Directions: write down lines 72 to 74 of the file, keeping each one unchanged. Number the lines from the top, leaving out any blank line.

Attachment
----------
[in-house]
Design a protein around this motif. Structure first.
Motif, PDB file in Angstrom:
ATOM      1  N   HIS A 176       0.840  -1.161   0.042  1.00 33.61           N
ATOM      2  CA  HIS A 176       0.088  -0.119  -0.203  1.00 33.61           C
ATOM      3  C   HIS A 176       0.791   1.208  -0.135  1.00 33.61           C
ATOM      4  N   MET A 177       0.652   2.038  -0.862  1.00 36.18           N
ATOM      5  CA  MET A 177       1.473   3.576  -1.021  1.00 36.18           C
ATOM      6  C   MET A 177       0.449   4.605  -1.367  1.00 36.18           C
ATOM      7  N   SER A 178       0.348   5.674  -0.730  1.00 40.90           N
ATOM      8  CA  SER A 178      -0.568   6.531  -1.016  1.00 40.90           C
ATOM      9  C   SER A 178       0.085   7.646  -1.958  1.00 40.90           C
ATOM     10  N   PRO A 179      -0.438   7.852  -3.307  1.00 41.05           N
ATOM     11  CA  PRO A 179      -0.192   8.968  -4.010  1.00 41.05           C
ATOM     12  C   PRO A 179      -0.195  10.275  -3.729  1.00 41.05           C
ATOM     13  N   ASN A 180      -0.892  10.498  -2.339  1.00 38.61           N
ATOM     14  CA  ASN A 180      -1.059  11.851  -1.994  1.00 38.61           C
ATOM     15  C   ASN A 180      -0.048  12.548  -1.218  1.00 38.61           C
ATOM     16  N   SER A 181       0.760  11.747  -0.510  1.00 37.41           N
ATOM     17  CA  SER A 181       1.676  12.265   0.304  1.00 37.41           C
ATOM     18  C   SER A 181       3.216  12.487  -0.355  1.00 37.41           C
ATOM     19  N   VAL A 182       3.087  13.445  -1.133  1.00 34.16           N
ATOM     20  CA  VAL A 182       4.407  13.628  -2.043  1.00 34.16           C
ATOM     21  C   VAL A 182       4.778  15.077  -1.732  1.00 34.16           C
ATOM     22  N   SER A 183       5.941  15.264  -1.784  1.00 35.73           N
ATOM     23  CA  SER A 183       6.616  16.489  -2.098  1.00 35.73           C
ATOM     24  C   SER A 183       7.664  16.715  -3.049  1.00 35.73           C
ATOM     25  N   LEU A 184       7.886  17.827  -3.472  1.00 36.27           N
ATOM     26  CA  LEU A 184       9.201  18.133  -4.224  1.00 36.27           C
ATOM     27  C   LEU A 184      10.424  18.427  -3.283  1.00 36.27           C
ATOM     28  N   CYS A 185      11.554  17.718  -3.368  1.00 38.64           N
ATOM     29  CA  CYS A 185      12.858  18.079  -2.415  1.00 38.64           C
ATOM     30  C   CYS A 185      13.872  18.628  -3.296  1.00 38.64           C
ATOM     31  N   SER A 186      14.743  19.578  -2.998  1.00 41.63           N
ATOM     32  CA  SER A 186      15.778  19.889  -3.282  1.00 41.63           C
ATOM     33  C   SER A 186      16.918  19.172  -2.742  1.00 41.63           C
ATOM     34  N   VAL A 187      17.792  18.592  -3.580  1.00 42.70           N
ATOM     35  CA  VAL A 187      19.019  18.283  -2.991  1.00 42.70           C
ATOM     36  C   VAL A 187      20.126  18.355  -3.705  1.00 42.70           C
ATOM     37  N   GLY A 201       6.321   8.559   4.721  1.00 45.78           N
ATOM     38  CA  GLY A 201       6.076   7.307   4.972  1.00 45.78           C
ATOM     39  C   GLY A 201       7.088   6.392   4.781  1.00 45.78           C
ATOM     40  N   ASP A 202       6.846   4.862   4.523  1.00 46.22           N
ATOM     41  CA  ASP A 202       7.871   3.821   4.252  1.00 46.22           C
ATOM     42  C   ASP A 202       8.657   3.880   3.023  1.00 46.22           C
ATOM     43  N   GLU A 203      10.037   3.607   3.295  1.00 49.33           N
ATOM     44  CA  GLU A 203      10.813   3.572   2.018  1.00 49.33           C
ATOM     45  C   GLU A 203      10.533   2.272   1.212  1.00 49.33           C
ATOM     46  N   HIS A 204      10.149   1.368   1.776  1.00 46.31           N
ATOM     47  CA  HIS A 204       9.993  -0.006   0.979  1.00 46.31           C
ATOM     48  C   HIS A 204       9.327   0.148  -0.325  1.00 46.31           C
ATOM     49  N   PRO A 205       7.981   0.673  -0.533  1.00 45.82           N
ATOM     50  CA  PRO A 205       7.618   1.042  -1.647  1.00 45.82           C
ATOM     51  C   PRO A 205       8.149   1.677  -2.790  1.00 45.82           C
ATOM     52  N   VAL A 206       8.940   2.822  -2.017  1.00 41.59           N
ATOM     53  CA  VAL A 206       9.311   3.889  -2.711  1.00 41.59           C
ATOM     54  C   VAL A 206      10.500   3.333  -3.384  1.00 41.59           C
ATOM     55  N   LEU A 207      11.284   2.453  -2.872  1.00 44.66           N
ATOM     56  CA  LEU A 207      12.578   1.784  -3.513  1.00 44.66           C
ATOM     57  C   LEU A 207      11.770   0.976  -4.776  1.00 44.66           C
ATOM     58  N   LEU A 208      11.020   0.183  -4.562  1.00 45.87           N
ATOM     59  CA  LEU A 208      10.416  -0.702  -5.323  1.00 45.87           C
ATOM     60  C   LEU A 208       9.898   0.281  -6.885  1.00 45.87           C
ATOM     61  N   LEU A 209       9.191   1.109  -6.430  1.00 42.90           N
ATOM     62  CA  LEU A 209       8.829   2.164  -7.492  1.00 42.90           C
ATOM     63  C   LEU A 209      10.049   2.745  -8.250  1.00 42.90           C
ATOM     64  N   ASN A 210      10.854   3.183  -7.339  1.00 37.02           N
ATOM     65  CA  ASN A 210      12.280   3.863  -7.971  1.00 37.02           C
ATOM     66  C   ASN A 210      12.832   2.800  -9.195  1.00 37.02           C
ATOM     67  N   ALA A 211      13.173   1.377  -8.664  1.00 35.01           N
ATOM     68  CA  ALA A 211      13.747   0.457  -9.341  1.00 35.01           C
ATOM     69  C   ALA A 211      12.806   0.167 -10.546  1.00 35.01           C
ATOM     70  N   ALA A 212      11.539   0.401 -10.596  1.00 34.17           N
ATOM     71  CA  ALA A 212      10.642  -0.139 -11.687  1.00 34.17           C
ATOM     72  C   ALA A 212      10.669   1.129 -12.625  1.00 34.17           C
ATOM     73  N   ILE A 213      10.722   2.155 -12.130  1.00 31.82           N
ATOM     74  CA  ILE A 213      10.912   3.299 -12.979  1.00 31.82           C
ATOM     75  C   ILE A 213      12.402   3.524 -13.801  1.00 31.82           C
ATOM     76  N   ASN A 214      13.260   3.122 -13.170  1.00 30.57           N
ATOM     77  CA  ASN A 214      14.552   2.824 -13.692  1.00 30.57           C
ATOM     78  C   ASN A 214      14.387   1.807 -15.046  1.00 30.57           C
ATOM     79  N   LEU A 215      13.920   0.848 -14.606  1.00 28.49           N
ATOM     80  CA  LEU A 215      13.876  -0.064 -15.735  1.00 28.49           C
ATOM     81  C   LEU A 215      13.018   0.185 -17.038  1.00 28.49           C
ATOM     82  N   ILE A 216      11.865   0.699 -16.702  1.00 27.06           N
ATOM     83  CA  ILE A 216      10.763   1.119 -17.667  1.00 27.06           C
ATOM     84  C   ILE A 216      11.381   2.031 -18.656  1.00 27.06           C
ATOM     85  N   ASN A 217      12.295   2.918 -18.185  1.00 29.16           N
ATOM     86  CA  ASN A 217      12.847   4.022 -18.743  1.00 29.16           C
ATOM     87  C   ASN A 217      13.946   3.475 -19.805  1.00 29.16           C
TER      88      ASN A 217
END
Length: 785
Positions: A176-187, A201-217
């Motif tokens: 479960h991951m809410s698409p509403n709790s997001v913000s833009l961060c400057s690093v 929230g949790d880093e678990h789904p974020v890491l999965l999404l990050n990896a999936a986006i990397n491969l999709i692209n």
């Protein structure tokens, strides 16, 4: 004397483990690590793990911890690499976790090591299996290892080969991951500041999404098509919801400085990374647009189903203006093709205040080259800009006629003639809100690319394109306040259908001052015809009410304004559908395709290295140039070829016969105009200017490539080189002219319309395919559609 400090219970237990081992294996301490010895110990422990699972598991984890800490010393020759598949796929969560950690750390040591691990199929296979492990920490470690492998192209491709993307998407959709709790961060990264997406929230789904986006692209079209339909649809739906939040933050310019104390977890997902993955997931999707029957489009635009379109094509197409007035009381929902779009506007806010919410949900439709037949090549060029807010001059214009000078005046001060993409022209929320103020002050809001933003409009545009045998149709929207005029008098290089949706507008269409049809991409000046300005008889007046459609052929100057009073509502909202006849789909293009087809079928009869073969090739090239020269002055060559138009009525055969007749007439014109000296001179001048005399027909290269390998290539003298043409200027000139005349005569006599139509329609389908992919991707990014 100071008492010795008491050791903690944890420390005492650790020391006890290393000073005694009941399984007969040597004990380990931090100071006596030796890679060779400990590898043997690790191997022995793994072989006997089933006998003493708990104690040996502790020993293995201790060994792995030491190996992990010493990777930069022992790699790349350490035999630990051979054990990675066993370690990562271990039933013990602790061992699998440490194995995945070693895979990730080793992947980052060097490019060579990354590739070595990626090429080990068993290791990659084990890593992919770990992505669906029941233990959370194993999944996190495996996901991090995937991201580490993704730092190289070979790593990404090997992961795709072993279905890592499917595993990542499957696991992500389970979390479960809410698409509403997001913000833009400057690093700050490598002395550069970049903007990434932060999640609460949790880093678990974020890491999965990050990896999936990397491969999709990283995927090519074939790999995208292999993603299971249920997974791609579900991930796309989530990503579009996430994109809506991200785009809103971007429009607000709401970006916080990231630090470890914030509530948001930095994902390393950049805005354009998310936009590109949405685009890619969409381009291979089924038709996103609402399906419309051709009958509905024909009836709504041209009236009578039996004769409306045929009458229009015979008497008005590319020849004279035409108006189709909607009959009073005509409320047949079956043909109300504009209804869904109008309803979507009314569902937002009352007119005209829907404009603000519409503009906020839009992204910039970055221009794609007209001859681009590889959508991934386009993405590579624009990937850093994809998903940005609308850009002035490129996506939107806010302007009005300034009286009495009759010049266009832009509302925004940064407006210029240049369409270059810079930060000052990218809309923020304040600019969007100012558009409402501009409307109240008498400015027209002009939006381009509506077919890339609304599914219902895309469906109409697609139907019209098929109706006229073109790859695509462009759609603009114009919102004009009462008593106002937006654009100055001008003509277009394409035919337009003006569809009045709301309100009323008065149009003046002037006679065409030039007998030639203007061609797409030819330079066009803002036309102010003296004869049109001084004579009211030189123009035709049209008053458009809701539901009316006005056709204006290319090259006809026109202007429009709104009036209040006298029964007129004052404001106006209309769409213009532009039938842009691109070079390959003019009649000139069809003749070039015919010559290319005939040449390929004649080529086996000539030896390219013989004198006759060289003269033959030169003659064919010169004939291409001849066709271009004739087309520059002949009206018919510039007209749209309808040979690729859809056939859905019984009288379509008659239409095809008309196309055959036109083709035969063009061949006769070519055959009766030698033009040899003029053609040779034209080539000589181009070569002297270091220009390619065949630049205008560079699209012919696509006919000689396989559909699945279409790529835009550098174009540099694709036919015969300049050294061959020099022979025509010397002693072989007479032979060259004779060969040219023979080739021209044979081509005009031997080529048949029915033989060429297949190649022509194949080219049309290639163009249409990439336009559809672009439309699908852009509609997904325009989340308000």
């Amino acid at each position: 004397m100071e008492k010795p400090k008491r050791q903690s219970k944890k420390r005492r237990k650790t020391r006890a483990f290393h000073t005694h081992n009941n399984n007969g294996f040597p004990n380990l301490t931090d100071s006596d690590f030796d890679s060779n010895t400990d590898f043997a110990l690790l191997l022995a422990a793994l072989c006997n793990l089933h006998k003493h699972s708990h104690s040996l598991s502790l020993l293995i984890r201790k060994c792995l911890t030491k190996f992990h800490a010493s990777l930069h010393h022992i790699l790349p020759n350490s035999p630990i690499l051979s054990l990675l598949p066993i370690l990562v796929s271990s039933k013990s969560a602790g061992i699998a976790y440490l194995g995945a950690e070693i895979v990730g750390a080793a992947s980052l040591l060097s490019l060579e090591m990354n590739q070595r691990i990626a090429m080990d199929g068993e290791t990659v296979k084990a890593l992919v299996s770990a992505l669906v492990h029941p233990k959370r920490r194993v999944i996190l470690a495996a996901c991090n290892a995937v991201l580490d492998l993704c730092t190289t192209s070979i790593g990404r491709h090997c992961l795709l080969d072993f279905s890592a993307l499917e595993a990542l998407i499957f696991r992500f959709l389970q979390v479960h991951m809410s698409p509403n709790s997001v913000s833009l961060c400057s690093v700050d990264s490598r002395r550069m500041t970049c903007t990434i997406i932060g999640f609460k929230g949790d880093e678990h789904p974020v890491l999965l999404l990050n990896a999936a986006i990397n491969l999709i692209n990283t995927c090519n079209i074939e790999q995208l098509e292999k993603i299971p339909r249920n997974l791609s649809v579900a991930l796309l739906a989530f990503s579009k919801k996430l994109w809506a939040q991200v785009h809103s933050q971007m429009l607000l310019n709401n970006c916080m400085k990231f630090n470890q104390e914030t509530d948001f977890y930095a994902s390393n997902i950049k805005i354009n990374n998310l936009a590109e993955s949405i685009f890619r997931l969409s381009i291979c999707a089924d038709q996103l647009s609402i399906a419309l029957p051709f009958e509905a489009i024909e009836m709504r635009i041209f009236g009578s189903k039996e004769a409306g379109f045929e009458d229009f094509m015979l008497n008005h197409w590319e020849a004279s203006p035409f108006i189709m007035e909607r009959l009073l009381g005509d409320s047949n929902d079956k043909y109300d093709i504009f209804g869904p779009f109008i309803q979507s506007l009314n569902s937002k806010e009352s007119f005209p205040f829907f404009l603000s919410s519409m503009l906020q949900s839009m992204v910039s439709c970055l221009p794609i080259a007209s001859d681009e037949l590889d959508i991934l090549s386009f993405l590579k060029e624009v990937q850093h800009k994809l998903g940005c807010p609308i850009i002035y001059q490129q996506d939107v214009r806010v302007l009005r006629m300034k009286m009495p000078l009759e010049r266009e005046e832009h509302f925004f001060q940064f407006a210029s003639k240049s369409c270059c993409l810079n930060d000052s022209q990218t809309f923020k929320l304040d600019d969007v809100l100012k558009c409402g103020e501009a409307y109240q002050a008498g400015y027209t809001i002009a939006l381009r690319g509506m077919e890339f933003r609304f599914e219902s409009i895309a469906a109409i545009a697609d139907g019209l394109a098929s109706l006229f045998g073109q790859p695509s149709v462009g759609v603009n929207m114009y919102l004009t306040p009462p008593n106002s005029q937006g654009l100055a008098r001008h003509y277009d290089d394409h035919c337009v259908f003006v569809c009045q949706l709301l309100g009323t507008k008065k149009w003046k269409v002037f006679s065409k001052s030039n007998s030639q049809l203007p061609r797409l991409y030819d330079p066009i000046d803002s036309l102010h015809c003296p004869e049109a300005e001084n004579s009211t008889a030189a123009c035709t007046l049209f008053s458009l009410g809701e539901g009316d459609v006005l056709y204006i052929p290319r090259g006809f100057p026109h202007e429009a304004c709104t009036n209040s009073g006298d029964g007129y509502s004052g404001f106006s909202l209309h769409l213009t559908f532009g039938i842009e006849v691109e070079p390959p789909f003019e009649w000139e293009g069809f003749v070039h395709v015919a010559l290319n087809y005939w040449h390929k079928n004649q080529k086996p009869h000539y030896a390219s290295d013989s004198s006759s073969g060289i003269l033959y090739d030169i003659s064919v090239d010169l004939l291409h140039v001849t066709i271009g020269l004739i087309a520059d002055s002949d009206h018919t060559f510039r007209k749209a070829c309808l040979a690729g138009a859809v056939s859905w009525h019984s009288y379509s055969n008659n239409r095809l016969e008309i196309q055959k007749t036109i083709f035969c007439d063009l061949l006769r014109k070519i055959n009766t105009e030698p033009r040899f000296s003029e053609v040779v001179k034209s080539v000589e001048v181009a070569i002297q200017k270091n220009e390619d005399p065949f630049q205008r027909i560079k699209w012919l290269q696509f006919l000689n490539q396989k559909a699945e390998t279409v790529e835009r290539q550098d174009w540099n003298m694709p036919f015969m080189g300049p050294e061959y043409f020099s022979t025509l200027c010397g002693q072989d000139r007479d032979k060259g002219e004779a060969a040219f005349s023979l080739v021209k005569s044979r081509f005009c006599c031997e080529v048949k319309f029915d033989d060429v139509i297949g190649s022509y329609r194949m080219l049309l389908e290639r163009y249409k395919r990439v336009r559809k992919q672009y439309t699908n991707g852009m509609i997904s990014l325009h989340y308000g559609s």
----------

ATOM     69  C   ALA A 211      12.806   0.167 -10.546  1.00 35.01           C
ATOM     70  N   ALA A 212      11.539   0.401 -10.596  1.00 34.17           N
ATOM     71  CA  ALA A 212      10.642  -0.139 -11.687  1.00 34.17           C